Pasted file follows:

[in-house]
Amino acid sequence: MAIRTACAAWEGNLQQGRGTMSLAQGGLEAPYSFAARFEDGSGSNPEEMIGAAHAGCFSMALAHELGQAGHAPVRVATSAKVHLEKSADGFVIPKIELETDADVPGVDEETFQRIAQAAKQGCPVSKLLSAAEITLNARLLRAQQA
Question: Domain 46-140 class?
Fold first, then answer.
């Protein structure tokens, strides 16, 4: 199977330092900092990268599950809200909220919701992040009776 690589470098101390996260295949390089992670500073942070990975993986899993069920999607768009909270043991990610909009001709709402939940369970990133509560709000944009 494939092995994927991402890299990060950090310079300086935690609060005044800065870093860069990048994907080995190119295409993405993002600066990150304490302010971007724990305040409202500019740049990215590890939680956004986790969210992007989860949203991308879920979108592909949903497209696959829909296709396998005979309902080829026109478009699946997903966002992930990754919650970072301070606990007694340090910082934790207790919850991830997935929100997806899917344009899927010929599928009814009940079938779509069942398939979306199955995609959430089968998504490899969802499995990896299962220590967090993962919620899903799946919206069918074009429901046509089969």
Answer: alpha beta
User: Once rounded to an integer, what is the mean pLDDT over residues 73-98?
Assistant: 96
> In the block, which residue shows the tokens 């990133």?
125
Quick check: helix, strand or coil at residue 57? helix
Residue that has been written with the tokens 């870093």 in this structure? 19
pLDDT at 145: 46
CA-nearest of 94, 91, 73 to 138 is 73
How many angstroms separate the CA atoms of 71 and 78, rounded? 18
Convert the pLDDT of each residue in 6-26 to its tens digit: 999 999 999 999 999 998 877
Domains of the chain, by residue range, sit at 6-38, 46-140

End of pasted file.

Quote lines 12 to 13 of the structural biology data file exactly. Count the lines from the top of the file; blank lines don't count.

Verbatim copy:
Residue that has been written with the tokens 């870093």 in this structure? 19
pLDDT at 145: 46